Carol scooped Amy up into her arms. The child's soft blond curls framed a little round face which held a smiling mouth and the slightly slanted eyes of a three-year-old Down syndrome child.
"You've done a great job, Carol."
"Not just me. The committee worked hard and it looks like it paid off." Music began playing and the excitement of the crowd became palpable. The sound of children's laughter and yells of excitement tinkled in the air like wind chimes.
"The parade's about to begin. Look," Carol said, pointing to her right. "Here comes the Easter Bunny."
He steadied the camera and clicked a picture. Then, he took another. He cursed when people moved in front of him and obstructed his view of her. Move. All of you. Get out of my way. He elbowed his way through the crowd until her image filled the camera lens again. Click. She threw her head back and laughed. Click. She shaded her eyes against the sun while she talked. Click. Click. Click.
Her son waited for his mother's attention. The child leaned heavily on the walker, shifting his weight from one leg to another. But his mother was too busy flapping her gums to pay any attention to him. The boy tugged on her shirt. She glanced down, signaled for the child to wait a minute and returned to her conversation. He knew it. He knew he was right about her. She was self-centered and selfish. A rotten excuse for a mother.
He wasn't at all surprised when the boy wandered away. The woman didn't even notice he had gone. A deep hatred flowed through his veins like molten lava. She was like all the other women. Soon he would make her pay. Click. First he had to finish the job he started last night. Click. She'd pay, all right. Click. Click. She deserved to die.
The sun beat down without mercy as Tony Marino looked out over the crowd from his vantage point on top of the picnic table. Not even a hint of a breeze. This kind of weather you expected in August in Florida not April. Remember spring, Lord? Supposed to be warm and balmy, not hot and sticky. But it was hot. Miserably hot. And he wasn't any closer to finding a lead on this case.
He wanted to curse so badly his lips twitched. Five years ago when Tony had found the Lord and decided to mend his ways, cursing seemed the easiest vice to attack first. He was wrong. As a detective for the Volusia County sheriff's office cursing had been a natural part of his daily conversation. No different than any other word. He started out promising himself to say a prayer and put a dollar in a jar each time he uttered a curse word. When his prayers took hours and his jar collected enough money to buy a small car, he knew it was going to be more difficult than he first believed.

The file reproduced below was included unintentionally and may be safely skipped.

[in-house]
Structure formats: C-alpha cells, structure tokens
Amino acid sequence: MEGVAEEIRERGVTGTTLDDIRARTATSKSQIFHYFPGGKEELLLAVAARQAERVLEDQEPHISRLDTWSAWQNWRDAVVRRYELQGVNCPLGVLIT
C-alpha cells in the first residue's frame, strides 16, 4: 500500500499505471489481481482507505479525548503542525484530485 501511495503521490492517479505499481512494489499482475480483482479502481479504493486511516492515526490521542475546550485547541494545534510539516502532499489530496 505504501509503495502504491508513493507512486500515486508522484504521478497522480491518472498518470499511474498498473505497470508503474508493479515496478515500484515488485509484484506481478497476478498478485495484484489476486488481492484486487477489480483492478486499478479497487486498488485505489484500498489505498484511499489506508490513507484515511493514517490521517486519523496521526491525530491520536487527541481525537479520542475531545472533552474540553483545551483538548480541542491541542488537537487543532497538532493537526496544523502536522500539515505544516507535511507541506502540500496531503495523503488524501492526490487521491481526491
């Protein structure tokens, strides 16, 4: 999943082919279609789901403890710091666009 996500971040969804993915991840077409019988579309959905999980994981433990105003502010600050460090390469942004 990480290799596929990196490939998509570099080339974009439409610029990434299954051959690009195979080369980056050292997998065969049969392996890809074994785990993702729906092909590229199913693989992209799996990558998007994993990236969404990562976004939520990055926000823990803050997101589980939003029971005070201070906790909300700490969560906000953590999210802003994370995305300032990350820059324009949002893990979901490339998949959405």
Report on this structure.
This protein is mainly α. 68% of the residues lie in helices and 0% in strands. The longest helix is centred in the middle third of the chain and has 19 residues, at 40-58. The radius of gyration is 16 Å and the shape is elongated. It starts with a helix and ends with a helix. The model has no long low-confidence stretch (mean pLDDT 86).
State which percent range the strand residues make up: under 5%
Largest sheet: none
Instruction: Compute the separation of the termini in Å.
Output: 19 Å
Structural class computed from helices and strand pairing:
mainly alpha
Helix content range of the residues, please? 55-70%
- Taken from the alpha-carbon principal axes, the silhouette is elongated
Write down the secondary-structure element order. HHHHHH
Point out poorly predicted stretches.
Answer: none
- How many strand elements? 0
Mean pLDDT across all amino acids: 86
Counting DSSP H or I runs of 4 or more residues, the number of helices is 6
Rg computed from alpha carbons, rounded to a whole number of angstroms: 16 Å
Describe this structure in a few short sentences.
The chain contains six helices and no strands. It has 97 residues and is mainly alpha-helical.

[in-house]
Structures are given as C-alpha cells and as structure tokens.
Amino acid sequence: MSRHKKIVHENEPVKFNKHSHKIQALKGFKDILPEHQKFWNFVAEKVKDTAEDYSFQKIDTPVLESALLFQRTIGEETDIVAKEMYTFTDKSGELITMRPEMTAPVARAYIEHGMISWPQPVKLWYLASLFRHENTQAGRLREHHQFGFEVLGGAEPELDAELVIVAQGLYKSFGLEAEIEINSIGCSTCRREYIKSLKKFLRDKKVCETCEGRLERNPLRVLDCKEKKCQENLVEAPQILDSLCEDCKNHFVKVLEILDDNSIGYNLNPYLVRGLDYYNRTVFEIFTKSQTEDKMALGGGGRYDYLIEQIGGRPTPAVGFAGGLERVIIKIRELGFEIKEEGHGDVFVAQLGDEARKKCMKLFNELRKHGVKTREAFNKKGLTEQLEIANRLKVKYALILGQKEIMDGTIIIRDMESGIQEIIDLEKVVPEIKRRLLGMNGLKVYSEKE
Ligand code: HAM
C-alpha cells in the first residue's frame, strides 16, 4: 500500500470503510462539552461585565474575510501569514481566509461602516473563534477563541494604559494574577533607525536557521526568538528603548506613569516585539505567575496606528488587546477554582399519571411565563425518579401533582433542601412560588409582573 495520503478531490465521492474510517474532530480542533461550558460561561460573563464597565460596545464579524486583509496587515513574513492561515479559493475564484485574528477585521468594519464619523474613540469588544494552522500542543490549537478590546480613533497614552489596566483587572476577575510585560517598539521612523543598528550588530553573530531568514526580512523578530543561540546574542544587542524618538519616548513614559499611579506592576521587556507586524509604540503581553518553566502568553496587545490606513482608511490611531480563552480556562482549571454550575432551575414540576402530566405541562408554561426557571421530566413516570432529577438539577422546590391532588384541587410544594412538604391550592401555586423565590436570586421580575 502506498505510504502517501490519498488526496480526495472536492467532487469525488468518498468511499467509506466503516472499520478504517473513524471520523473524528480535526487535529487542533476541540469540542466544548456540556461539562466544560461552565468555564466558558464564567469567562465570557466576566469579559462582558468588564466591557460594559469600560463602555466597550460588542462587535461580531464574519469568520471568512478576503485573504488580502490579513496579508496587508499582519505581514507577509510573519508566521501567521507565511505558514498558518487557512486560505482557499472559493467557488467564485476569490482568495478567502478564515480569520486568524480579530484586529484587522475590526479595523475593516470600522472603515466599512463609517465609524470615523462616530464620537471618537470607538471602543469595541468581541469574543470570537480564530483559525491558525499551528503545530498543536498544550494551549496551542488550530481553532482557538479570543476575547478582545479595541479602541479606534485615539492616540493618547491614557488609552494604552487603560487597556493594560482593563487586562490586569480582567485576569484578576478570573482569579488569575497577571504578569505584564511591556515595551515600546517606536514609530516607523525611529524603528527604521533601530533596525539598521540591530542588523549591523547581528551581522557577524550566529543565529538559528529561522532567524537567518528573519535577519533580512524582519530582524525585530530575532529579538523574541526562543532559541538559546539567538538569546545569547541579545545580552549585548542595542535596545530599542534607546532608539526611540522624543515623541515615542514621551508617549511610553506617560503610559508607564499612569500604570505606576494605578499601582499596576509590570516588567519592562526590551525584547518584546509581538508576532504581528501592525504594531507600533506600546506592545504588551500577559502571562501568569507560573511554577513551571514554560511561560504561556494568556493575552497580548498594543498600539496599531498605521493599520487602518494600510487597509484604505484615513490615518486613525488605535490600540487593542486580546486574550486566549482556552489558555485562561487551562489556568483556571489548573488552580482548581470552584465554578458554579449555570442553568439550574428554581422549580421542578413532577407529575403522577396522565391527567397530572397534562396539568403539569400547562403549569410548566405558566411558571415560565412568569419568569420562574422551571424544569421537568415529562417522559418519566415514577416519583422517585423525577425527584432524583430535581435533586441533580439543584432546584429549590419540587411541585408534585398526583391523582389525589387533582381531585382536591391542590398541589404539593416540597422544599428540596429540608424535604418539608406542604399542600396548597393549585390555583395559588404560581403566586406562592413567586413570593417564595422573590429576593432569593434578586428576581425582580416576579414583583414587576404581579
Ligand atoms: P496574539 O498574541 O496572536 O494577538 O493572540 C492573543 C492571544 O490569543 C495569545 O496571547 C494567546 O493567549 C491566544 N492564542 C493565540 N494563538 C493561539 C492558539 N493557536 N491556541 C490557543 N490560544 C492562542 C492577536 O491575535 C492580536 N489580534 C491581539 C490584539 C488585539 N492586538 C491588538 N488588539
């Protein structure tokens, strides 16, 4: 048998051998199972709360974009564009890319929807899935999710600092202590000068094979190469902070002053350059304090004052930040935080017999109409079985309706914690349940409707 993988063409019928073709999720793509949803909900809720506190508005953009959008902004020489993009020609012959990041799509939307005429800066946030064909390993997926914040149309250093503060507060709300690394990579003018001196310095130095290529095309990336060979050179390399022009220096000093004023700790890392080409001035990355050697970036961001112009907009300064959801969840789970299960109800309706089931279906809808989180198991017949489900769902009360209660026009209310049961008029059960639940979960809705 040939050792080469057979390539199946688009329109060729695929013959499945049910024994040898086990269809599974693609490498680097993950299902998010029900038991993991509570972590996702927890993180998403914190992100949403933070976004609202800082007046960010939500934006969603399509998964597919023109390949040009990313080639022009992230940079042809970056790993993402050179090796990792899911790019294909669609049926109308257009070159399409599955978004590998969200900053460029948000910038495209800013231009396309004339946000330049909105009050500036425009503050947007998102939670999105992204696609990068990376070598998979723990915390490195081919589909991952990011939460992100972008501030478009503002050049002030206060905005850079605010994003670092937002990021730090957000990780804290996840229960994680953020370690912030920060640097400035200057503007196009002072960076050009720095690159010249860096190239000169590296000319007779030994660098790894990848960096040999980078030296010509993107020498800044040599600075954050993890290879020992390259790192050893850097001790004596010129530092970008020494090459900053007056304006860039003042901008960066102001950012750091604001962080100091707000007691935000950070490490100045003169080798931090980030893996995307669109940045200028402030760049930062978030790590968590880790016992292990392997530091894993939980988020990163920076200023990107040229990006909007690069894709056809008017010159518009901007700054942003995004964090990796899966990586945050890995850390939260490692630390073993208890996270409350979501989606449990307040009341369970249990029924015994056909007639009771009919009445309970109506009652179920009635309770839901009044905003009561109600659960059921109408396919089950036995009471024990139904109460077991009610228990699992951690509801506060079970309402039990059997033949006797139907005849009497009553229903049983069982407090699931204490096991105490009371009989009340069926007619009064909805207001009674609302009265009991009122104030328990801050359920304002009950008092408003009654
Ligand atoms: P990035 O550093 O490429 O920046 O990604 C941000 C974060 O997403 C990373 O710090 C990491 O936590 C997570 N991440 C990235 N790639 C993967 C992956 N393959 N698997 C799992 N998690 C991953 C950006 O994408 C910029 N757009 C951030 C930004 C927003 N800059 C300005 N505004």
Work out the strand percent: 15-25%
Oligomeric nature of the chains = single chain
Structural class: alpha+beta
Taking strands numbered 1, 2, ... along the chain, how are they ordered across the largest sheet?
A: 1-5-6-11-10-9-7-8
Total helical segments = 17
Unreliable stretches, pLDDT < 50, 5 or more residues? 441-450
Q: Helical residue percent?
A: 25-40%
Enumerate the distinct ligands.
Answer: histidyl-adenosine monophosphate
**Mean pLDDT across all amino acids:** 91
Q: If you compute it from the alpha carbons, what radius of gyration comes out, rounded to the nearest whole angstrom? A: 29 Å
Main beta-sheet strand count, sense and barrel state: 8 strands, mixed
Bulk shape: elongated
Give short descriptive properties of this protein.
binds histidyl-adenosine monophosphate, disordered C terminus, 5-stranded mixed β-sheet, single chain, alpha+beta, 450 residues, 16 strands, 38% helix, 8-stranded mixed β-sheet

But he succeeded.
Not one errant word in five years.
Sweat rolled down the back of his neck and beaded on his forehead. All he could think about was the case. He wanted to call his partner. See if there were any new leads. He wanted to get back to the files on his desk. Maybe he'd missed something. He wanted to be anywhere but here. What a colossal waste of his time, babysitting a stupid rabbit.
He glanced at the cage resting beside him. The rabbit didn't look hot or uncomfortable despite the crazy multicolored cape tied to its body. It just chomped away on a carrot totally oblivious to the world. Lucky rabbit.
He couldn't believe he'd been roped into this job in the first place. Carrying the "Easter Bunny" at the head of the parade and officiating at the opening of the Easter egg hunt. He knew the captain liked his men to volunteer in the community. Winters had played Santa for the kids in the hospital. Garcia, dressed as a super hero, had toured the schools and talked about the danger of drugs. But when his number had come up on the volunteer list, what did Sarge assign him? Easter Bunny duty at the fundraiser for the Wish for the Stars Foundation. Great foundation. Fulfilled dreams for sick children. Good for the kids. The pits for him.
Tony had agreed to do it not just because it was his turn. Or because it was for a charity he deeply believed in. But last night another woman had gone missing. He planned to mingle with the crowd. Keep his ears open to idle conversations. Keep his eyes open for anything out of the ordinary. Because something was very much out of the ordinary. A monster had invaded their peaceful community. They'd already discovered two bodies and now a third woman was missing.